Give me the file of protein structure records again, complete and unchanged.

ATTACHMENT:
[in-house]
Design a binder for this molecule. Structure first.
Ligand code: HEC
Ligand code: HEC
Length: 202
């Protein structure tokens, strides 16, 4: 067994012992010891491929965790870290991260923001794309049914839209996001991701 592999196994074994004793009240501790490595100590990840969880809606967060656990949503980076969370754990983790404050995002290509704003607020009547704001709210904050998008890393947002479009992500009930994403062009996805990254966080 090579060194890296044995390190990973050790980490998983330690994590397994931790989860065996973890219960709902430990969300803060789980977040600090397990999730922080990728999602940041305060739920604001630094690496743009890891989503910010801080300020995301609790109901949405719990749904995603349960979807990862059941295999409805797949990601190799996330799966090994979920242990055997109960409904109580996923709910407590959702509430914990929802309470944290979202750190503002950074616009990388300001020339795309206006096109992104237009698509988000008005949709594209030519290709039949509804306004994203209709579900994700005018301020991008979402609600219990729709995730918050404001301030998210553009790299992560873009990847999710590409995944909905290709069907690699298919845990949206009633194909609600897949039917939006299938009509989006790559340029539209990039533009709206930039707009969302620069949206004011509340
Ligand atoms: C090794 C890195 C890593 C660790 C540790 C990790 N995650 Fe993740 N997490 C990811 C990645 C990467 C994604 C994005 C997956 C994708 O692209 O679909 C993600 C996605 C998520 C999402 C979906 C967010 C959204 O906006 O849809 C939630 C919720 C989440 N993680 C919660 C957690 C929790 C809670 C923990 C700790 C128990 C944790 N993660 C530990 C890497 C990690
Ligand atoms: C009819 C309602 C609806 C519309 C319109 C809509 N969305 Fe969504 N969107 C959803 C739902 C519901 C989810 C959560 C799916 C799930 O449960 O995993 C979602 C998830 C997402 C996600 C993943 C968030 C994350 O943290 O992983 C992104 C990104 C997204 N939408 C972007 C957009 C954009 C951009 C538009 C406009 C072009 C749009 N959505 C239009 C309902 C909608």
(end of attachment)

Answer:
[in-house]
Design a binder for this molecule. Structure first.
Ligand code: HEC
Ligand code: HEC
Length: 202
């Protein structure tokens, strides 16, 4: 067994012992010891491929965790870290991260923001794309049914839209996001991701 592999196994074994004793009240501790490595100590990840969880809606967060656990949503980076969370754990983790404050995002290509704003607020009547704001709210904050998008890393947002479009992500009930994403062009996805990254966080 090579060194890296044995390190990973050790980490998983330690994590397994931790989860065996973890219960709902430990969300803060789980977040600090397990999730922080990728999602940041305060739920604001630094690496743009890891989503910010801080300020995301609790109901949405719990749904995603349960979807990862059941295999409805797949990601190799996330799966090994979920242990055997109960409904109580996923709910407590959702509430914990929802309470944290979202750190503002950074616009990388300001020339795309206006096109992104237009698509988000008005949709594209030519290709039949509804306004994203209709579900994700005018301020991008979402609600219990729709995730918050404001301030998210553009790299992560873009990847999710590409995944909905290709069907690699298919845990949206009633194909609600897949039917939006299938009509989006790559340029539209990039533009709206930039707009969302620069949206004011509340
Ligand atoms: C090794 C890195 C890593 C660790 C540790 C990790 N995650 Fe993740 N997490 C990811 C990645 C990467 C994604 C994005 C997956 C994708 O692209 O679909 C993600 C996605 C998520 C999402 C979906 C967010 C959204 O906006 O849809 C939630 C919720 C989440 N993680 C919660 C957690 C929790 C809670 C923990 C700790 C128990 C944790 N993660 C530990 C890497 C990690
Ligand atoms: C009819 C309602 C609806 C519309 C319109 C809509 N969305 Fe969504 N969107 C959803 C739902 C519901 C989810 C959560 C799916 C799930 O449960 O995993 C979602 C998830 C997402 C996600 C993943 C968030 C994350 O943290 O992983 C992104 C990104 C997204 N939408 C972007 C957009 C954009 C951009 C538009 C406009 C072009 C749009 N959505 C239009 C309902 C909608």